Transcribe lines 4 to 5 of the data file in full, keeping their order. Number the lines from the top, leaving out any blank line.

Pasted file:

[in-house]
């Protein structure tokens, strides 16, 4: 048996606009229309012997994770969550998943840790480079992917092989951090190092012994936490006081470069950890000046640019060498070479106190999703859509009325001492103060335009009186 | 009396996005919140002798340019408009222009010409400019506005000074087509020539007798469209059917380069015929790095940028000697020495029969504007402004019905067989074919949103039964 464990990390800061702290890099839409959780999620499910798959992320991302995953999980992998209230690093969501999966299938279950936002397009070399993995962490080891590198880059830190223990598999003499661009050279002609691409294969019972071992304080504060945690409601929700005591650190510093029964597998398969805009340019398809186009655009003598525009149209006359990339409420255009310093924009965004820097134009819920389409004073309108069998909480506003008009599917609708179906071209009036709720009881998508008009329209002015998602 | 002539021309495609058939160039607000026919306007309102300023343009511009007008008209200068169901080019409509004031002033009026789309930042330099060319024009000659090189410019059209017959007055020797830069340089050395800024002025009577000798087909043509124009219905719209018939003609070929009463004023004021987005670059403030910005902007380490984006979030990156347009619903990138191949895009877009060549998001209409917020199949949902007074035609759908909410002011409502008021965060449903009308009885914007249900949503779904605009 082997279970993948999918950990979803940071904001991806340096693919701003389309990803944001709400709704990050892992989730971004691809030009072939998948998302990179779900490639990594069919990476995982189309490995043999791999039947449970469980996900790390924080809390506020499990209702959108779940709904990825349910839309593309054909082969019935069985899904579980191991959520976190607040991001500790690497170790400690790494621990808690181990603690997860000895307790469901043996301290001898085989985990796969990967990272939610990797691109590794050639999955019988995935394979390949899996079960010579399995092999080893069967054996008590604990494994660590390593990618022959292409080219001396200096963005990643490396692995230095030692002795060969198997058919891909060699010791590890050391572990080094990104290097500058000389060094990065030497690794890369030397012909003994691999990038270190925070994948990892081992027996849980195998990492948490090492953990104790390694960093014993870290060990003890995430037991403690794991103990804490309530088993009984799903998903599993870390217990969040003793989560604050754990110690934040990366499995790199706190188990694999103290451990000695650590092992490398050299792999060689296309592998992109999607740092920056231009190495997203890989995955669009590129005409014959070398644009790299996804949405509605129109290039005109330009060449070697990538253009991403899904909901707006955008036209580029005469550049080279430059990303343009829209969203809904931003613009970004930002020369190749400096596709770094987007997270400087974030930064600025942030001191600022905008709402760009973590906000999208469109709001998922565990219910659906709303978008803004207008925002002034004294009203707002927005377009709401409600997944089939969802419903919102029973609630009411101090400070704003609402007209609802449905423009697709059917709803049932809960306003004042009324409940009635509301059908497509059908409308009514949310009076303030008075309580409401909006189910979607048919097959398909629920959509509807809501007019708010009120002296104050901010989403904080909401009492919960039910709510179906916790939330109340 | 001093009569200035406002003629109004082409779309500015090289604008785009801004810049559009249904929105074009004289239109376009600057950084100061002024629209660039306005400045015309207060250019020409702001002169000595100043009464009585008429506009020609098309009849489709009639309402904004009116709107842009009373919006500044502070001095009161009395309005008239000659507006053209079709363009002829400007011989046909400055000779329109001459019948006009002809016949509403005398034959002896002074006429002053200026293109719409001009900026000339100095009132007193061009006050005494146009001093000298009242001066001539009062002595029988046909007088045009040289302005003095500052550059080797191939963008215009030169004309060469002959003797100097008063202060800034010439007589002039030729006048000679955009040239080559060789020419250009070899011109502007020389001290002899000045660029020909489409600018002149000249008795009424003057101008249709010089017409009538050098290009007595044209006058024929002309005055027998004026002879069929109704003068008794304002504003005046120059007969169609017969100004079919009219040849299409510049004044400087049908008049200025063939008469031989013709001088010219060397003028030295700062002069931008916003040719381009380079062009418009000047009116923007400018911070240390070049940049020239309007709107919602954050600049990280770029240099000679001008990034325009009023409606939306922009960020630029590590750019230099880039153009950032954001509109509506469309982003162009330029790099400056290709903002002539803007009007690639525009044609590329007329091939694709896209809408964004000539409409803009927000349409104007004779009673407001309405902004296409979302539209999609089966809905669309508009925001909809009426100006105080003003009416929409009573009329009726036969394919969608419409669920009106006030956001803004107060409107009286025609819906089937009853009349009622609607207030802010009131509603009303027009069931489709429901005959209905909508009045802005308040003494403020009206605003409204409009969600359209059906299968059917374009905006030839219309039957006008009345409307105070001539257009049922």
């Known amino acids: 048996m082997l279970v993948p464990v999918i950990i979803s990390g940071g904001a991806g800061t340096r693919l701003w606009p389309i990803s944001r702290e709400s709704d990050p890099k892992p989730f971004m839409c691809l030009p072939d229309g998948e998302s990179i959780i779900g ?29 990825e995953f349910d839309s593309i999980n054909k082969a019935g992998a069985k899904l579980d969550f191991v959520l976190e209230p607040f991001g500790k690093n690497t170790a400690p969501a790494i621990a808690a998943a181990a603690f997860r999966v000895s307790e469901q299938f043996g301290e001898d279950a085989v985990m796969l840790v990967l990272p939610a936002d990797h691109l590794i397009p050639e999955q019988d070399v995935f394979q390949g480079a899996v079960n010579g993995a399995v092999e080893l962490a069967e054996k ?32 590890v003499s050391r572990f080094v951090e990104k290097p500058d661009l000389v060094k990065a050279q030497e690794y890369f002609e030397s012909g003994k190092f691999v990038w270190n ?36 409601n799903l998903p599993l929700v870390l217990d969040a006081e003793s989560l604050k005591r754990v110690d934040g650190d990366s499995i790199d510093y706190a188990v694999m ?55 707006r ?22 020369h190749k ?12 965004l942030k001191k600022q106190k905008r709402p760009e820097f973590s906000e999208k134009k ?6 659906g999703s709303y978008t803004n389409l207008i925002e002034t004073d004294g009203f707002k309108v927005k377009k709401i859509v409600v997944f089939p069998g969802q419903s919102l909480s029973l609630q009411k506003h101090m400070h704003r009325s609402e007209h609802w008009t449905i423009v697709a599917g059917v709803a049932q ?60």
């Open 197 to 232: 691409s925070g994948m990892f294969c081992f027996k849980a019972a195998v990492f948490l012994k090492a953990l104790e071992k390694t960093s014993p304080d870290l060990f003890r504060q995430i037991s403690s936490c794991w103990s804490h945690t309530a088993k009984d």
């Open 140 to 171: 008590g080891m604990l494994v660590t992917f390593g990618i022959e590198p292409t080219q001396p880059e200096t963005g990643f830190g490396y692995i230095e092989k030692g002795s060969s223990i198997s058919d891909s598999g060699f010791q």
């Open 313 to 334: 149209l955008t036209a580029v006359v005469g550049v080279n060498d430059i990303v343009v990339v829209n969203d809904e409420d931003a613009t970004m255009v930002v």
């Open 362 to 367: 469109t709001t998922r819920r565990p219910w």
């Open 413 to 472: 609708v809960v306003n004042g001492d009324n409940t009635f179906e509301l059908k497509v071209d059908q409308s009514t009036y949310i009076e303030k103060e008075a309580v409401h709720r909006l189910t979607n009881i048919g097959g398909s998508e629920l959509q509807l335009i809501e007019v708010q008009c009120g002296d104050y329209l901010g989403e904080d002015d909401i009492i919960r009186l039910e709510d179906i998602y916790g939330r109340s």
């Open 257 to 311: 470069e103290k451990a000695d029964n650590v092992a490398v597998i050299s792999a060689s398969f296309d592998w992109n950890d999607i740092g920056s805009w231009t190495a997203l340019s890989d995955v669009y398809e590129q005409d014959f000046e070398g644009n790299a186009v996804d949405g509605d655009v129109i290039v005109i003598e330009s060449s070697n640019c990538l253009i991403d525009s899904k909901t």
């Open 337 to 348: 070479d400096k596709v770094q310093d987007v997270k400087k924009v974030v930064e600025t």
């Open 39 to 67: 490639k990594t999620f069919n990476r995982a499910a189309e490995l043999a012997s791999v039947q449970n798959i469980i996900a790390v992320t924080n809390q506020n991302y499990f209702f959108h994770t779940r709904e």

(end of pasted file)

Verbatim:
């Open 197 to 232: 691409s925070g994948m990892f294969c081992f027996k849980a019972a195998v990492f948490l012994k090492a953990l104790e071992k390694t960093s014993p304080d870290l060990f003890r504060q995430i037991s403690s936490c794991w103990s804490h945690t309530a088993k009984d």
């Open 140 to 171: 008590g080891m604990l494994v660590t992917f390593g990618i022959e590198p292409t080219q001396p880059e200096t963005g990643f830190g490396y692995i230095e092989k030692g002795s060969s223990i198997s058919d891909s598999g060699f010791q």